Once there, Thomas found himself competing against six other people.

For 24 straight hours, contestants were made to count quarters without the use of pen, paper or calculator.

Not fun for anyone, much less someone who admitted during one of the preliminary interviews that he was bad at math.

“I was immediately trying to think, ‘What can I do to stay motived?’ and ‘What can I do to help me stay on track?’” Thomas said. “One thing I would do is come up with numbers in my life to help me as I was counting to remember, like, if I was on, you know, 900 or 700.”

His self-created mnemonics helped, as did a ground rule he laid down for himself concerning buyouts — an option granted to contestants. Hit the button and you walk away with whatever set amount the show has offered you — that’s the buyout. Not all contestants go for the $1 million prize and those who do don’t always win it.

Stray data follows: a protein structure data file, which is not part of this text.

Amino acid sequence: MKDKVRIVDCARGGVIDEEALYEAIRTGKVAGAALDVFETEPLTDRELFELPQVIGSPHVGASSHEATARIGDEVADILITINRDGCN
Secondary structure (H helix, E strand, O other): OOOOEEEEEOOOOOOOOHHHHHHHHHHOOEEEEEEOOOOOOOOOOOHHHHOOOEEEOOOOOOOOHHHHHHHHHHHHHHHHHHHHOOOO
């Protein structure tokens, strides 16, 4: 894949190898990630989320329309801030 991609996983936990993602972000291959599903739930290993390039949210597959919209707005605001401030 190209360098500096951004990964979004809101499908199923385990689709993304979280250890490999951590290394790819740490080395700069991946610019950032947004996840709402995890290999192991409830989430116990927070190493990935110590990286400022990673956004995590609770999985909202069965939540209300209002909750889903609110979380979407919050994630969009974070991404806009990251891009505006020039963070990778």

It requires a lot of confidence to go for the $1 million — a contestant has to have guessed within $25 the number of quarters they counted.

“I told myself, as far as the buyouts go, anything under $10,000 I would look at it as — I wouldn’t take it and I would look at it as a fun experience,” Thomas said.

After 24 hours of quarters, the contestants told the producers how many quarters they believed they’d counted. At this point, Thomas had actually been up for 36 hours — not 24. He had woken up, he said, at 7 a.m. that day. The contestants went into the room at 7 p.m., 12 hours later.

After leaving the room, two contestants were immediately eliminated — the person who counted the least number of coins and the person who was furthest off in their guess.

The remaining contestants were then made to compete in mini-challenges, one of which involved alarm clocks.

“In between those challenges, if you think you did the worst, they give you 10 seconds to hit a button where you can buy out,” he said.

Daunting, yes, but was there ever a point where Thomas felt he was doomed?